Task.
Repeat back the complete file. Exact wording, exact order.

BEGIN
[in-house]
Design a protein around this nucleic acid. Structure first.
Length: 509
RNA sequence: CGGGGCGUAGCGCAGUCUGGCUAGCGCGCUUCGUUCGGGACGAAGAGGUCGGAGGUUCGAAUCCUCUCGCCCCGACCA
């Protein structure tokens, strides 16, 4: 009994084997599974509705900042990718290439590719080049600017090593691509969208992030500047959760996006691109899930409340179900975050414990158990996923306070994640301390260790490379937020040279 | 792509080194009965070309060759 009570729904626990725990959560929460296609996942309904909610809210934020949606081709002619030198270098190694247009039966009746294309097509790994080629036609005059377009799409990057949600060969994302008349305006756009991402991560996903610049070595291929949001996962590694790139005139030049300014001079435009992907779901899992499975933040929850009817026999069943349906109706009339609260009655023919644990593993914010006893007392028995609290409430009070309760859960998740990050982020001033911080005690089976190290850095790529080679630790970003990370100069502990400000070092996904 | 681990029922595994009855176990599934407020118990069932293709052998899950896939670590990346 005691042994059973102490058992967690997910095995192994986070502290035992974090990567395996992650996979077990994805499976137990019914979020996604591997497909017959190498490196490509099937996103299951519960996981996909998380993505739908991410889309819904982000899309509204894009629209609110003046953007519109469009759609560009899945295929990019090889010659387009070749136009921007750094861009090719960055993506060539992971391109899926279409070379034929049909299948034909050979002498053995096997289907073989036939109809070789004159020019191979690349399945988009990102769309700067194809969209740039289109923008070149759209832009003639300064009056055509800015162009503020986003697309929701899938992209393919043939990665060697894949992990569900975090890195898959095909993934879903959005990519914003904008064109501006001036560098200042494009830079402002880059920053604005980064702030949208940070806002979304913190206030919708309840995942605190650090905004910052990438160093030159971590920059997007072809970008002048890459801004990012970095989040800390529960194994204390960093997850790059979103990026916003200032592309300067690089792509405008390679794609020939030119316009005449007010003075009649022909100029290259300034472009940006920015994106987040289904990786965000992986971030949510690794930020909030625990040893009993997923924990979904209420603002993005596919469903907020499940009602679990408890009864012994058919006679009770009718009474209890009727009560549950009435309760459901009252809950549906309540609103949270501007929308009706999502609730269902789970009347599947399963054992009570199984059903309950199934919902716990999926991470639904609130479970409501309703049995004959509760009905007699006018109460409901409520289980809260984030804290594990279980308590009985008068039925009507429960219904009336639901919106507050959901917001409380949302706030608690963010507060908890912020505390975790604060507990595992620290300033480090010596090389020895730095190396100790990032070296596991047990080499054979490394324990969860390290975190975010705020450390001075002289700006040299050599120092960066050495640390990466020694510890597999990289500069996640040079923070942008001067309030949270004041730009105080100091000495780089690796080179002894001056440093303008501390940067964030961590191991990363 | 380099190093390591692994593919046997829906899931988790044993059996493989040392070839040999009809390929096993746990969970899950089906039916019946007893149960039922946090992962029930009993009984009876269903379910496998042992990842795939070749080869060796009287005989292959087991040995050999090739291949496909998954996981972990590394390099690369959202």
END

[in-house]
Design a protein around this nucleic acid. Structure first.
Length: 509
RNA sequence: CGGGGCGUAGCGCAGUCUGGCUAGCGCGCUUCGUUCGGGACGAAGAGGUCGGAGGUUCGAAUCCUCUCGCCCCGACCA
């Protein structure tokens, strides 16, 4: 009994084997599974509705900042990718290439590719080049600017090593691509969208992030500047959760996006691109899930409340179900975050414990158990996923306070994640301390260790490379937020040279 | 792509080194009965070309060759 009570729904626990725990959560929460296609996942309904909610809210934020949606081709002619030198270098190694247009039966009746294309097509790994080629036609005059377009799409990057949600060969994302008349305006756009991402991560996903610049070595291929949001996962590694790139005139030049300014001079435009992907779901899992499975933040929850009817026999069943349906109706009339609260009655023919644990593993914010006893007392028995609290409430009070309760859960998740990050982020001033911080005690089976190290850095790529080679630790970003990370100069502990400000070092996904 | 681990029922595994009855176990599934407020118990069932293709052998899950896939670590990346 005691042994059973102490058992967690997910095995192994986070502290035992974090990567395996992650996979077990994805499976137990019914979020996604591997497909017959190498490196490509099937996103299951519960996981996909998380993505739908991410889309819904982000899309509204894009629209609110003046953007519109469009759609560009899945295929990019090889010659387009070749136009921007750094861009090719960055993506060539992971391109899926279409070379034929049909299948034909050979002498053995096997289907073989036939109809070789004159020019191979690349399945988009990102769309700067194809969209740039289109923008070149759209832009003639300064009056055509800015162009503020986003697309929701899938992209393919043939990665060697894949992990569900975090890195898959095909993934879903959005990519914003904008064109501006001036560098200042494009830079402002880059920053604005980064702030949208940070806002979304913190206030919708309840995942605190650090905004910052990438160093030159971590920059997007072809970008002048890459801004990012970095989040800390529960194994204390960093997850790059979103990026916003200032592309300067690089792509405008390679794609020939030119316009005449007010003075009649022909100029290259300034472009940006920015994106987040289904990786965000992986971030949510690794930020909030625990040893009993997923924990979904209420603002993005596919469903907020499940009602679990408890009864012994058919006679009770009718009474209890009727009560549950009435309760459901009252809950549906309540609103949270501007929308009706999502609730269902789970009347599947399963054992009570199984059903309950199934919902716990999926991470639904609130479970409501309703049995004959509760009905007699006018109460409901409520289980809260984030804290594990279980308590009985008068039925009507429960219904009336639901919106507050959901917001409380949302706030608690963010507060908890912020505390975790604060507990595992620290300033480090010596090389020895730095190396100790990032070296596991047990080499054979490394324990969860390290975190975010705020450390001075002289700006040299050599120092960066050495640390990466020694510890597999990289500069996640040079923070942008001067309030949270004041730009105080100091000495780089690796080179002894001056440093303008501390940067964030961590191991990363 | 380099190093390591692994593919046997829906899931988790044993059996493989040392070839040999009809390929096993746990969970899950089906039916019946007893149960039922946090992962029930009993009984009876269903379910496998042992990842795939070749080869060796009287005989292959087991040995050999090739291949496909998954996981972990590394390099690369959202």